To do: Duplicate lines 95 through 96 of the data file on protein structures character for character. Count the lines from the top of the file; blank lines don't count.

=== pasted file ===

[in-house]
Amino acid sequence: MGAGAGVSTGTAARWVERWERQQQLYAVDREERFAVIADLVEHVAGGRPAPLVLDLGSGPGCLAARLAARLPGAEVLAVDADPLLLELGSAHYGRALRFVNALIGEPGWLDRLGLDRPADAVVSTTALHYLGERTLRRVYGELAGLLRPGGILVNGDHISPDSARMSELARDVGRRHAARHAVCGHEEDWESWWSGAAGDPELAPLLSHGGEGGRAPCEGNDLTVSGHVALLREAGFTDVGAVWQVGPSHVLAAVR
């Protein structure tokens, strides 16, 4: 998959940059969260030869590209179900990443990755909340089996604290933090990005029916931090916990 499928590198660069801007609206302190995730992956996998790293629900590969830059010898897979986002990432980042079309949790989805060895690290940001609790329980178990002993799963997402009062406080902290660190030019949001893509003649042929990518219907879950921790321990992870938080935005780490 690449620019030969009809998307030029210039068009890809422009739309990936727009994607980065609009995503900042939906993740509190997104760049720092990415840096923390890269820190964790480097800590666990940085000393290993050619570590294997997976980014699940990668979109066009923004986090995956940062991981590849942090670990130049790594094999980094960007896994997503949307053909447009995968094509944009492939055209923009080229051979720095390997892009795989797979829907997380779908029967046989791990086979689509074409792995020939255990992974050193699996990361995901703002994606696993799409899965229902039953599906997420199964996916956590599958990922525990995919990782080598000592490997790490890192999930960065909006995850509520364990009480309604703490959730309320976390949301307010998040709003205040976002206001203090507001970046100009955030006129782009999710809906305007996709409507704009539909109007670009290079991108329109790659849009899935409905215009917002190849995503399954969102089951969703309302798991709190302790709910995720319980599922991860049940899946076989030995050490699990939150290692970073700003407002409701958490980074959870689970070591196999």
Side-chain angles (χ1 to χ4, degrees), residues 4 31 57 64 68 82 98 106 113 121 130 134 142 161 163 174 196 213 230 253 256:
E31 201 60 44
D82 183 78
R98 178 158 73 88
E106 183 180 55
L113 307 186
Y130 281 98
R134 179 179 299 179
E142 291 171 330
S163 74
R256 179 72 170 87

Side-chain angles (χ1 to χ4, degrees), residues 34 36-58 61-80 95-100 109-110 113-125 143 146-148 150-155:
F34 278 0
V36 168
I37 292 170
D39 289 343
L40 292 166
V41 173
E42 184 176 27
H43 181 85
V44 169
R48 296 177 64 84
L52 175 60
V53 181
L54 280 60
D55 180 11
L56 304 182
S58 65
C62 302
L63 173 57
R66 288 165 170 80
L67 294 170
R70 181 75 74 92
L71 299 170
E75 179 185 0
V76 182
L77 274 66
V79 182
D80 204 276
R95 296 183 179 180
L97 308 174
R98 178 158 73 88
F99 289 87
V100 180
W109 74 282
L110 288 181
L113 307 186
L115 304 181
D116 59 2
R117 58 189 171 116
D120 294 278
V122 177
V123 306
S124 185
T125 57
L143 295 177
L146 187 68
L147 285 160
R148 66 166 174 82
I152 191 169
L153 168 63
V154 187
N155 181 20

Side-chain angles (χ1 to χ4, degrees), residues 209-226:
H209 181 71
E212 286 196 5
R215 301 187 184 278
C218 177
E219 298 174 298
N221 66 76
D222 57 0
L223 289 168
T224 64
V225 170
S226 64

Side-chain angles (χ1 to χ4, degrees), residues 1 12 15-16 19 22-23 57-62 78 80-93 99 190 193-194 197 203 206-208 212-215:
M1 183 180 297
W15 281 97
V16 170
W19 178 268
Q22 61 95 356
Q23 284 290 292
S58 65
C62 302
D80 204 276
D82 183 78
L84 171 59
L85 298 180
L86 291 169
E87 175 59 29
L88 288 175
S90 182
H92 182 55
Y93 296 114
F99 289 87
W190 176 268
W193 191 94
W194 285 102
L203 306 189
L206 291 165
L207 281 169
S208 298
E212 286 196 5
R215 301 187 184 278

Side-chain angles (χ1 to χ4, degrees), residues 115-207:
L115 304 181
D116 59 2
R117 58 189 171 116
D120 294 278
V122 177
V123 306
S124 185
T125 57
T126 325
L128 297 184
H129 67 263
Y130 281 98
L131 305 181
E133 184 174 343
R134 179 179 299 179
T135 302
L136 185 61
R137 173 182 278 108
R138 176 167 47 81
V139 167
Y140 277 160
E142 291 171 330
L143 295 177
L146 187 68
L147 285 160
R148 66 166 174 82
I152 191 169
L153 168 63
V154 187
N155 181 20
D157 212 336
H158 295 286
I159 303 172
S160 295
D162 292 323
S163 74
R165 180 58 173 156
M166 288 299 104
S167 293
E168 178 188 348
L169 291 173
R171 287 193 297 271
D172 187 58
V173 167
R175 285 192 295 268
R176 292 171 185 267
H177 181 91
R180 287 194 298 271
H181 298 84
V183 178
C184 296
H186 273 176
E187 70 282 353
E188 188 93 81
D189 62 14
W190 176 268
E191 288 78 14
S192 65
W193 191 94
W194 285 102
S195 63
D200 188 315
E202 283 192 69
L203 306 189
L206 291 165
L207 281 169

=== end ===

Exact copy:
S90 182
H92 182 55